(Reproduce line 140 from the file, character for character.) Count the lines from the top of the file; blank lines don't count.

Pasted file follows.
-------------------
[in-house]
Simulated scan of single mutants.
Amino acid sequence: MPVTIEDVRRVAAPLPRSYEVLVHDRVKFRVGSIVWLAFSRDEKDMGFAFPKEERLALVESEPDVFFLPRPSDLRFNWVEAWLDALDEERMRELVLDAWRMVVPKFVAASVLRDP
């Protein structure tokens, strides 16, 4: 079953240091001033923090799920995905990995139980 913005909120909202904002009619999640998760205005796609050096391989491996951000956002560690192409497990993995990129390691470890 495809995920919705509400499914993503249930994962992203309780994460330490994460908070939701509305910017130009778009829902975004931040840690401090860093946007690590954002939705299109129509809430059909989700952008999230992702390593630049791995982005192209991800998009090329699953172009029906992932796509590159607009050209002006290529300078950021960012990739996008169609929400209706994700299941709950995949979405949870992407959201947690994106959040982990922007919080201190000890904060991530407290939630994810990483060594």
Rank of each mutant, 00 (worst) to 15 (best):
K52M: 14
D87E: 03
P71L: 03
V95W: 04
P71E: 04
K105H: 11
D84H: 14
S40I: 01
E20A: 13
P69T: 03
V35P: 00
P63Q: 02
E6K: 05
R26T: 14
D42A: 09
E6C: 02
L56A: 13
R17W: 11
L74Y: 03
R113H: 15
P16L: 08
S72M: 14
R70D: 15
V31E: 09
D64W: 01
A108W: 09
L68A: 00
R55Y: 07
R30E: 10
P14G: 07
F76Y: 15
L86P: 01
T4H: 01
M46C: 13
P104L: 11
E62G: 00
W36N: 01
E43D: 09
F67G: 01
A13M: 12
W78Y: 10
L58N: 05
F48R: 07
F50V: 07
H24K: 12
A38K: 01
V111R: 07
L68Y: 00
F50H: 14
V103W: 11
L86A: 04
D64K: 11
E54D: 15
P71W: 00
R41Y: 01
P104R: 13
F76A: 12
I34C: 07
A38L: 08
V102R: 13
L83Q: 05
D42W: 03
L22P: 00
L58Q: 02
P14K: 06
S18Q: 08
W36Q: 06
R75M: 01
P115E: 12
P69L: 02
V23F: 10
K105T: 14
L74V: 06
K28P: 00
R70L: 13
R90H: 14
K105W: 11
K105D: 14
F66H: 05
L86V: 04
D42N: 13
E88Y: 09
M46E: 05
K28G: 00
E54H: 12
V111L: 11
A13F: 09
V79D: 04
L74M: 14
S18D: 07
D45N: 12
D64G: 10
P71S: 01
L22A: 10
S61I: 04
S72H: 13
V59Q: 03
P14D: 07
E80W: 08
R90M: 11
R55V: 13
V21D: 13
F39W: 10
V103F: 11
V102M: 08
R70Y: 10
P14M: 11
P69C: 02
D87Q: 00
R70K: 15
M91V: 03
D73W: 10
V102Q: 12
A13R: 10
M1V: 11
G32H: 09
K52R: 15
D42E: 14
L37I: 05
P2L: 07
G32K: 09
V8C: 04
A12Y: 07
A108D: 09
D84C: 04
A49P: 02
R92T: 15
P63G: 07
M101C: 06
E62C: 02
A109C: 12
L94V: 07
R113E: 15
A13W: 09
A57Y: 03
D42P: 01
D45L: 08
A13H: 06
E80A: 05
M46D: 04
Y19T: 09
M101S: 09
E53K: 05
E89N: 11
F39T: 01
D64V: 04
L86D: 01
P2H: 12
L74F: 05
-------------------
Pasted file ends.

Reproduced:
A57Y: 03